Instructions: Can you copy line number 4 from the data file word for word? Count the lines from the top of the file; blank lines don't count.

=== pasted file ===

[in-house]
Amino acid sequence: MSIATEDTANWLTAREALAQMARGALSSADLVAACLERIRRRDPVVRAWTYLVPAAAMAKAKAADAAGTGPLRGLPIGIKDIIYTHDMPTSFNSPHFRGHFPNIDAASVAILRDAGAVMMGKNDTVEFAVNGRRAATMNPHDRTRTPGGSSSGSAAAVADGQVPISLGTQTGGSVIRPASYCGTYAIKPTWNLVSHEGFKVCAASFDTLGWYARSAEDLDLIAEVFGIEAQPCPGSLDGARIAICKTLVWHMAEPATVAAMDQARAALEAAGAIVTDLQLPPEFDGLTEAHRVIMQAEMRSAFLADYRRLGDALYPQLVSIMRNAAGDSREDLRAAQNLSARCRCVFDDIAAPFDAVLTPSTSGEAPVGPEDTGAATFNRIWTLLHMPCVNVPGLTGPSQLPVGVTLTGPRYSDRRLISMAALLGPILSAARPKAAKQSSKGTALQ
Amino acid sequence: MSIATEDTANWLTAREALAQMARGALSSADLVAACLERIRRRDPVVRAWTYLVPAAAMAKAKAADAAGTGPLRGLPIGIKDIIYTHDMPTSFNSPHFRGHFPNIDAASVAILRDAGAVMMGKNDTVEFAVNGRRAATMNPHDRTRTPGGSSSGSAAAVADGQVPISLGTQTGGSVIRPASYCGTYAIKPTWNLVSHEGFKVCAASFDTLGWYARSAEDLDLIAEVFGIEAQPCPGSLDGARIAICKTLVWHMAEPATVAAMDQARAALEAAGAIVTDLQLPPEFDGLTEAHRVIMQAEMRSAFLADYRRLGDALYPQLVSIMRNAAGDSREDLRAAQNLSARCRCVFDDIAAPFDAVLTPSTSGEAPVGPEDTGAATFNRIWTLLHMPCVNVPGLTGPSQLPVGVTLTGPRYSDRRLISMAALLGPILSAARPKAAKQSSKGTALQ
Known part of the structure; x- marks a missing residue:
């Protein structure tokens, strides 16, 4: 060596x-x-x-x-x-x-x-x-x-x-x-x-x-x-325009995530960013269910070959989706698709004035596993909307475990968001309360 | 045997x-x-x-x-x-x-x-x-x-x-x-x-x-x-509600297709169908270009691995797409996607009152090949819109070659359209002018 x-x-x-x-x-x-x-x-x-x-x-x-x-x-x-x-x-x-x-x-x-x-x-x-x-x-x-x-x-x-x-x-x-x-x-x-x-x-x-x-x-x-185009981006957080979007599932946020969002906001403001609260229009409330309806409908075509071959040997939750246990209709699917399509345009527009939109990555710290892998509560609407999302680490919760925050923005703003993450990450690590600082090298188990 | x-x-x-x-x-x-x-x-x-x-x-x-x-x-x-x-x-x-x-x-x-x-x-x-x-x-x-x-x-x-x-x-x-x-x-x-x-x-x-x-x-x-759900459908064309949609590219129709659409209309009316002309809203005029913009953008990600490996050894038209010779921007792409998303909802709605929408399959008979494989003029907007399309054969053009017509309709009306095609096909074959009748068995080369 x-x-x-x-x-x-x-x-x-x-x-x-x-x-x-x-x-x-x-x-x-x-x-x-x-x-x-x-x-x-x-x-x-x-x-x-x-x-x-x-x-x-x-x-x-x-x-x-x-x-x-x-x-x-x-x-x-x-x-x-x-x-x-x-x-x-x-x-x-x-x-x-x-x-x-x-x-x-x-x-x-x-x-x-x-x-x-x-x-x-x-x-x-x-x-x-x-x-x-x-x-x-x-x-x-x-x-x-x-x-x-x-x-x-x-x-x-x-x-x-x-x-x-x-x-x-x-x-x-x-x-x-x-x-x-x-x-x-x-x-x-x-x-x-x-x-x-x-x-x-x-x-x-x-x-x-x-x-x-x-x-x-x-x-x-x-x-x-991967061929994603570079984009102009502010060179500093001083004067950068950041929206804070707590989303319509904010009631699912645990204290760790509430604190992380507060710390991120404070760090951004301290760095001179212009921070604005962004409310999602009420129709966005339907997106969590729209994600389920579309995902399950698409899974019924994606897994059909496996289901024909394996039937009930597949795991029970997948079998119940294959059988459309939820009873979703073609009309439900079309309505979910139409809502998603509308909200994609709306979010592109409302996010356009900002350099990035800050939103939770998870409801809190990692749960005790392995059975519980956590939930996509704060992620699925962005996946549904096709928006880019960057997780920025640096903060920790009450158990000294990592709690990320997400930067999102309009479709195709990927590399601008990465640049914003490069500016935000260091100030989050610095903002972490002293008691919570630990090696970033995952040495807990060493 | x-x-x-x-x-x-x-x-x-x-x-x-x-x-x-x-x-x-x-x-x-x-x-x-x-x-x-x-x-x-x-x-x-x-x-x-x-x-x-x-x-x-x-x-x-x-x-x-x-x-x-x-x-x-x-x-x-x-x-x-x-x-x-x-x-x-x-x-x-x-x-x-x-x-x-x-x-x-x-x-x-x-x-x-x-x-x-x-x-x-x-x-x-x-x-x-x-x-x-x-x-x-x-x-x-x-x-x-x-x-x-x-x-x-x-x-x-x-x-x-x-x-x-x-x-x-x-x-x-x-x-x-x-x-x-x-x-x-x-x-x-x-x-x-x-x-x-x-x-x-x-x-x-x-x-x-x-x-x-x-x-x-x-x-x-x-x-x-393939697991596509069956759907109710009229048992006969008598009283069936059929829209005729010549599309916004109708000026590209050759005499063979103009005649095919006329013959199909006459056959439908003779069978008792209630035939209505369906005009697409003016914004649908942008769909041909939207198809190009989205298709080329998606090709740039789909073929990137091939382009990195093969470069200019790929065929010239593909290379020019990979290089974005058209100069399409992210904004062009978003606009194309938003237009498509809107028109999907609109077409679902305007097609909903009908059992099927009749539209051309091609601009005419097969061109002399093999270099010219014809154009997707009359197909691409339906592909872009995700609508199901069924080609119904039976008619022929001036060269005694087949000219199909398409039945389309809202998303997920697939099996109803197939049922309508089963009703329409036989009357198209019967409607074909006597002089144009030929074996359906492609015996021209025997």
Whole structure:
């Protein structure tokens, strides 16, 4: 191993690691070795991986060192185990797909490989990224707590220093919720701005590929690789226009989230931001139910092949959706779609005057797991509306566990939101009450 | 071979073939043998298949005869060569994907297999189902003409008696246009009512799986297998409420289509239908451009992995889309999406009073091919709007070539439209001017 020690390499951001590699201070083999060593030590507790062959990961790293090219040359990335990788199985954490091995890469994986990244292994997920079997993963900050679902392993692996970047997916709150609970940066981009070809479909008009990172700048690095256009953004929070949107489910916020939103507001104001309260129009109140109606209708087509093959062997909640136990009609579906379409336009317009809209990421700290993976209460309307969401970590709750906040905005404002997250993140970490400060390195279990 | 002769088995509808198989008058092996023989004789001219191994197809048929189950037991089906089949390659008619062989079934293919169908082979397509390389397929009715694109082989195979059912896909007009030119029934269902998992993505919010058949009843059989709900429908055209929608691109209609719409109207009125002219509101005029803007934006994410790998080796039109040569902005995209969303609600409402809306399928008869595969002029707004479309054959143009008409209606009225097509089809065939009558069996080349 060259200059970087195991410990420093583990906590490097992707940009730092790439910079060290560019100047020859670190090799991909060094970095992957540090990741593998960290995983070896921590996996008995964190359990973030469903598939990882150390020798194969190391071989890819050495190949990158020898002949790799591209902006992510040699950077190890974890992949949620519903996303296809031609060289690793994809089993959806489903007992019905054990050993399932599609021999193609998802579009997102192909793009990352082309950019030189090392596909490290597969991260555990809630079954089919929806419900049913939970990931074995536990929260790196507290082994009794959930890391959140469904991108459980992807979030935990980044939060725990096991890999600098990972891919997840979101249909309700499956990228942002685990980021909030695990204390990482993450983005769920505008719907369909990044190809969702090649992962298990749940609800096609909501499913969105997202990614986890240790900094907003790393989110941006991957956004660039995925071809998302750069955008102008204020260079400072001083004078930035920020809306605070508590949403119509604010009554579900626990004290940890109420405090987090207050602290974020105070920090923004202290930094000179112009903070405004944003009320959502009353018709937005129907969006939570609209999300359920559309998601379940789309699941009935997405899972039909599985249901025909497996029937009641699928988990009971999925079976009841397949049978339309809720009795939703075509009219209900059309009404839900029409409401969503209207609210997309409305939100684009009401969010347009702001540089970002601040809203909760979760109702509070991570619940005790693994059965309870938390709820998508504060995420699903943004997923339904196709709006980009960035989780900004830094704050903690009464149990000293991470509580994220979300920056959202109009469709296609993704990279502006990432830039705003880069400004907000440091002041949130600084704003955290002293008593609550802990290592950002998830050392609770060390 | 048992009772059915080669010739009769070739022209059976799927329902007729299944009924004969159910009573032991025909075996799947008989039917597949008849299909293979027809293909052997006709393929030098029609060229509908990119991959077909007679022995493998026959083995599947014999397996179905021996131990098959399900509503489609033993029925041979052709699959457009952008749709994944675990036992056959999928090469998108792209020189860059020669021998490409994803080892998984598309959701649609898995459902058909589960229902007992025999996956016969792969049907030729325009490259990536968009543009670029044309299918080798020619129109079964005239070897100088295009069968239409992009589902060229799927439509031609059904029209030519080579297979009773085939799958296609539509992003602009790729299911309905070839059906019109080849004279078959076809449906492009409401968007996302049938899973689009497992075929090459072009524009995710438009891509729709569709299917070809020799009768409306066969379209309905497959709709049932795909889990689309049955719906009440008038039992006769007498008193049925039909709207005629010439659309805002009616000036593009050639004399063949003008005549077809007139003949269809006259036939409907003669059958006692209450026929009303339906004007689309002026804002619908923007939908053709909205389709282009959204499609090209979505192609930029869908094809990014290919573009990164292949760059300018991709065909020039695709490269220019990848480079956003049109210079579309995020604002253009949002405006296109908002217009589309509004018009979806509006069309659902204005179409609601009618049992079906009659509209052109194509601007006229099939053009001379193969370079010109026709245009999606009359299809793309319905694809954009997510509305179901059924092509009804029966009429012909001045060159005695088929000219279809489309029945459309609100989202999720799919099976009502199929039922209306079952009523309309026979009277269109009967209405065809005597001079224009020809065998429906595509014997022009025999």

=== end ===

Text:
Known part of the structure; x- marks a missing residue: